Blockchain players, that’s who! Let’s take a look…
The hype around the payments’ world is hitting fever-pitch. As 2016 progresses, there can no longer be any doubt: blockchain and distributed ledger technology is the wave of the future – despite a lack of consensus on what a blockchain is and exactly how it should be implemented. But this is not necessarily a problem. Blockchain can be seen as the highway on which different vehicles operate. Blockchain is a long established technology, but it is the payment vehicles running on the blockchain highway, their designs, capabilities and regulations, that are truly under scrutiny. The bitcoin juggernaut may have grabbed all the fame and infamy, but it is not the only game in town.
The Players Take the Field
In its pure form, blockchain as a distributed transaction ledger of immutable transactions has significant implications across the world of payments and far beyond. But the impact depends on the different players and their position on the field. How do consumers, banks, fintech providers, businesses and regulators differ on the seeming inevitability of blockchain and distributed ledger technology?
In the realm of payments, blockchain essentially champions automation and decentralization resulting in systems that remove the middleman. By enabling a direct contractual interface between two transactional parties, the technology has the power to democratize payments and theoretically make any exchange of value quicker, safer and also cheaper.
Consumers – Utopia
Quicker, safer and cheaper? What’s not to like? Payments are not just about funds transfer; the reality is that consumers are increasingly focused on a richer and more secure retail experience coupled with instant gratification. The underlying technology is somewhat irrelevant.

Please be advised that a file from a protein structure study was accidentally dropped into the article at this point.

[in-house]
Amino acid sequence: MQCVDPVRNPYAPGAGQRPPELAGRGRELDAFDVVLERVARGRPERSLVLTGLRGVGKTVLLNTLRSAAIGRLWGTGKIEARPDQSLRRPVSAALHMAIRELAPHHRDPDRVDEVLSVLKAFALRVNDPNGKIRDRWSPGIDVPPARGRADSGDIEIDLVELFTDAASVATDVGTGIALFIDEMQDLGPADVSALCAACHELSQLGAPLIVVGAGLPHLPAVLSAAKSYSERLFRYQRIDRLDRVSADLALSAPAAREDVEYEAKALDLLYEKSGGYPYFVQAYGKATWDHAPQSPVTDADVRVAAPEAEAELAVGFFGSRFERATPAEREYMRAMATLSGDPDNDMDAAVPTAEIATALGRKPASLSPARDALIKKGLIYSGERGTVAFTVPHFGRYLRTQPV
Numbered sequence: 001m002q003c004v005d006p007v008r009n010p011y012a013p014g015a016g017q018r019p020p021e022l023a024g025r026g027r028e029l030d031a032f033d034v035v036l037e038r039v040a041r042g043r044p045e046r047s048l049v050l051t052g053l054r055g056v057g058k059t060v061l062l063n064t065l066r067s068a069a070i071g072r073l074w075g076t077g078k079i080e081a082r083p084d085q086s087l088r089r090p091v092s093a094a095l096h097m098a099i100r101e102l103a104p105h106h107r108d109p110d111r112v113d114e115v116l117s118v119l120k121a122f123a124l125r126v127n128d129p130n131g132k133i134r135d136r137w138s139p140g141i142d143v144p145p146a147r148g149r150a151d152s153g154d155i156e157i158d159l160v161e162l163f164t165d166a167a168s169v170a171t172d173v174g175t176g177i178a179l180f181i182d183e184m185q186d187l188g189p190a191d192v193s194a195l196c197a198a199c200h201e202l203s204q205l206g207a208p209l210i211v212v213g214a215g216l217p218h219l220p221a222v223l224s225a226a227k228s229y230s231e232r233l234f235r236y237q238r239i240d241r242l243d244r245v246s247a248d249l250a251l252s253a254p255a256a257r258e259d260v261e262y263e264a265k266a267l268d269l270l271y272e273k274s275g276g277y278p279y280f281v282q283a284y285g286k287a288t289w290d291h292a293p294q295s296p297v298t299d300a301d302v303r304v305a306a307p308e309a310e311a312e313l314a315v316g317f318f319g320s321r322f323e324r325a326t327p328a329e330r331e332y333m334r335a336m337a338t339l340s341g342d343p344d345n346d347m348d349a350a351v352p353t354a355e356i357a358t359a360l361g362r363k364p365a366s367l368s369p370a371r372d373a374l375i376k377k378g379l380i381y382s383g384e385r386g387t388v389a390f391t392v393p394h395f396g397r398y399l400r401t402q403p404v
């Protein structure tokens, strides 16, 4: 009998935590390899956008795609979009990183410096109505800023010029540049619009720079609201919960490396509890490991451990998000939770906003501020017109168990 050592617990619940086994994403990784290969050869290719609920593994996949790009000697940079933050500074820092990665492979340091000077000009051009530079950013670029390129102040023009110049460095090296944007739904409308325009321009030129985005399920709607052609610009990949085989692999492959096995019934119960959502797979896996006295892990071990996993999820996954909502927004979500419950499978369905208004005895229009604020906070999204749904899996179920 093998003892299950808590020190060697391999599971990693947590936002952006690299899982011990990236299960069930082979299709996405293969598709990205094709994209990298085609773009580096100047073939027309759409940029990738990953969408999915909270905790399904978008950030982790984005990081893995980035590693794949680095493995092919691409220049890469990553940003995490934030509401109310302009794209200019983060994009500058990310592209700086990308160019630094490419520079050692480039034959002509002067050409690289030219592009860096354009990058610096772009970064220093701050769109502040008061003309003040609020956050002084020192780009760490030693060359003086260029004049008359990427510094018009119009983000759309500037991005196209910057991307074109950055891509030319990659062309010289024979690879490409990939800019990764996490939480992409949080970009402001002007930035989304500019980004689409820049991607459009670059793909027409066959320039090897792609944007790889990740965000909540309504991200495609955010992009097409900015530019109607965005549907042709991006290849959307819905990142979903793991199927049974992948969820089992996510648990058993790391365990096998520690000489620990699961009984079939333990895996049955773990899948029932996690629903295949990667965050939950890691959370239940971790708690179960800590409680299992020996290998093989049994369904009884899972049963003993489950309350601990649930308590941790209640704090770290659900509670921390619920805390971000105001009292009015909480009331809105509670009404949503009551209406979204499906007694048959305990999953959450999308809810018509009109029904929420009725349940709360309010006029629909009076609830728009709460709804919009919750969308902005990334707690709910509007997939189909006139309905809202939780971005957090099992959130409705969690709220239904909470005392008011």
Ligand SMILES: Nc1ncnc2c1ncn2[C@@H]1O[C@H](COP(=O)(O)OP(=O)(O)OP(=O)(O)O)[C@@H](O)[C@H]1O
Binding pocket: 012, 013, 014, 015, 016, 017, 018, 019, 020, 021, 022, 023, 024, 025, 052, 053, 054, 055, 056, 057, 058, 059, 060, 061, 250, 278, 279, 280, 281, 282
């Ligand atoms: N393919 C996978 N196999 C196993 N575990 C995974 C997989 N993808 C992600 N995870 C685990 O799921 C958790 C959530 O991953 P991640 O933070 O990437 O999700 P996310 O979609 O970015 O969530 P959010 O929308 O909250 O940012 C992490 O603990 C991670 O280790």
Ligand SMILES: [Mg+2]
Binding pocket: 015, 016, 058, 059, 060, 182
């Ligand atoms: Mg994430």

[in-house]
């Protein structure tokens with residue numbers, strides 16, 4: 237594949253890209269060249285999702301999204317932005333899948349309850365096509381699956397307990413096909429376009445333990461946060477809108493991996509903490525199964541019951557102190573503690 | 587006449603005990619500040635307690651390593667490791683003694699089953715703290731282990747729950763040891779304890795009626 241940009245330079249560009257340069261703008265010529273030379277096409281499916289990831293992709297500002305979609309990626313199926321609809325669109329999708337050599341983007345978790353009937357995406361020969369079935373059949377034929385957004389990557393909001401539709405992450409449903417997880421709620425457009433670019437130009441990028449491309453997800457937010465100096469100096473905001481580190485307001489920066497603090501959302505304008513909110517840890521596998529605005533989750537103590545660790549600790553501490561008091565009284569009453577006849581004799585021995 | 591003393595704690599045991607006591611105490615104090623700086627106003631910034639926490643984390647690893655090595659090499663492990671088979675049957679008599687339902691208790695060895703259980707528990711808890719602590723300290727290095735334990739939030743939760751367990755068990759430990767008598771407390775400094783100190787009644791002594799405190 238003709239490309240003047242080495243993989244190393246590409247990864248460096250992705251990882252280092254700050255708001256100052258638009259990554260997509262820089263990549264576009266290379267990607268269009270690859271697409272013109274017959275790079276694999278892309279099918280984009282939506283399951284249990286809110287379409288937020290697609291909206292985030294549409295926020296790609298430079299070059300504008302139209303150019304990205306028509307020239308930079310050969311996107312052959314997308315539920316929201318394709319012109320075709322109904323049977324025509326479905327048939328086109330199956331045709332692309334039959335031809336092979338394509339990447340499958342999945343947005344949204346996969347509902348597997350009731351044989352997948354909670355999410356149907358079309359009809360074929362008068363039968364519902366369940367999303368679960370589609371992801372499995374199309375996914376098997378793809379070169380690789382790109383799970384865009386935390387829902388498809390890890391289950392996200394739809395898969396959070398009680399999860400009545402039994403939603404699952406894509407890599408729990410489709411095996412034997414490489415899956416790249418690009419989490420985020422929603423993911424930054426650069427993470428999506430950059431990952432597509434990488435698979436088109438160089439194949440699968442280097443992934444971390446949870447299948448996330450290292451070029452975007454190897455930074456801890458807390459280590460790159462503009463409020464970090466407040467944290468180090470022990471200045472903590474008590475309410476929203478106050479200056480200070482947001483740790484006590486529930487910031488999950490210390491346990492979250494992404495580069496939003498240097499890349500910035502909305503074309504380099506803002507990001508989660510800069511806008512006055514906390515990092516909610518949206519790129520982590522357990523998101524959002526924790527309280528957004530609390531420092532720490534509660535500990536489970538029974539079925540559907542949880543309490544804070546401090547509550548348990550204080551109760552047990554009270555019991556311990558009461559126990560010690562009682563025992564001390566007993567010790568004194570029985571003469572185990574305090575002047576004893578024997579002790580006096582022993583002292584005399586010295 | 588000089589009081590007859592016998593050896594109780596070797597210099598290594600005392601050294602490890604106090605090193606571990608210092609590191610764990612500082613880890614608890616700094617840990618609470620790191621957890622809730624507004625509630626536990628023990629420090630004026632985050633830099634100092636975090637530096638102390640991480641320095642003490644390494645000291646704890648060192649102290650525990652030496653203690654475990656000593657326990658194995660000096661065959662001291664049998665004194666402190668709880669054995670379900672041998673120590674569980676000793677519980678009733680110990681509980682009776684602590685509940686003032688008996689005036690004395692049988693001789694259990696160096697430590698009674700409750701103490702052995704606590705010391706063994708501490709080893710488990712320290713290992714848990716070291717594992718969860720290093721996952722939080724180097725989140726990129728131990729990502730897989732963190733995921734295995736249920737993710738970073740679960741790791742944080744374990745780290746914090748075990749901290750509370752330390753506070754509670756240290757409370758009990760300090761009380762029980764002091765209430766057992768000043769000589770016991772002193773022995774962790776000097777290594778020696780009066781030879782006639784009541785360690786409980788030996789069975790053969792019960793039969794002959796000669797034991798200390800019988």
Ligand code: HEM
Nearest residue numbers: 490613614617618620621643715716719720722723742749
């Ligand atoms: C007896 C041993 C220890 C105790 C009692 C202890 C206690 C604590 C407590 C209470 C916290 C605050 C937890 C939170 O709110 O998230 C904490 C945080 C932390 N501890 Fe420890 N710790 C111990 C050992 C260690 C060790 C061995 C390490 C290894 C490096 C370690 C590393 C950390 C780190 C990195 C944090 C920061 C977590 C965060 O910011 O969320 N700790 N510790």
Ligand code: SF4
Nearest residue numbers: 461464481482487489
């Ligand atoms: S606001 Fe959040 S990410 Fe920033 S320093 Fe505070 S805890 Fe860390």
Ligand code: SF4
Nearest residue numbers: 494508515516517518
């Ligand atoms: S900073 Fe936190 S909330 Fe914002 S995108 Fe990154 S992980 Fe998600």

With compelling promises of borderless funds transfers, instantaneously and at virtually no cost, it is hard to argue against a utopian open payments market, accessible to all. Applications built on blockchain technology also afford consumers a level of anonymity – pseudonymous – not available on bank-operated payment networks. Inevitably, without regulated KYC (Know Your Customer) legislation, this opens up opportunities for criminal activity, money laundering and tax evasion. Ironically, the inherently secure and obfuscated nature of blockchain implementations drives the concerns about misuse.
The potential to provide cheaper and faster international money transfers and bring new efficiencies into the remittance market are good news for consumers. The hype promises being able to shop at the ‘speed of life’; consumers are still waiting for the retail experience to match up to their expectations.
Enterprises – Softly, Softly
Payment processes within businesses, large and small, have multiple considerations: speed, risk, cost, transparency, etc. Established payments technology is safe and proven for high-volume high-value transactions, so who needs to risk a revolution?
Scale matters. Wholesale currency conversion rates change the game when compared to micro-payment rates; the underlying money markets for trading in foreign currencies are very efficient. The spread costs for trading large amounts in liquid currencies can be a fraction of one percent, but when banks have to transfer smaller amounts the costs go up to single-figure percentages.
Enterprises traditionally move more slowly and cautiously than consumers. Technology needs to be tried and tested before widespread acceptance. Blockchain technology still has questions to be answered and there is a need for more real-world use cases before businesses will reengineer their established payments processes. Blockchain will inevitably simplify and reduce transaction costs in the future, but more importantly, it will also bring down costs and reduce risk when it comes to issues relating to trust where two parties don’t know each other.
Financial Institutions – Disruption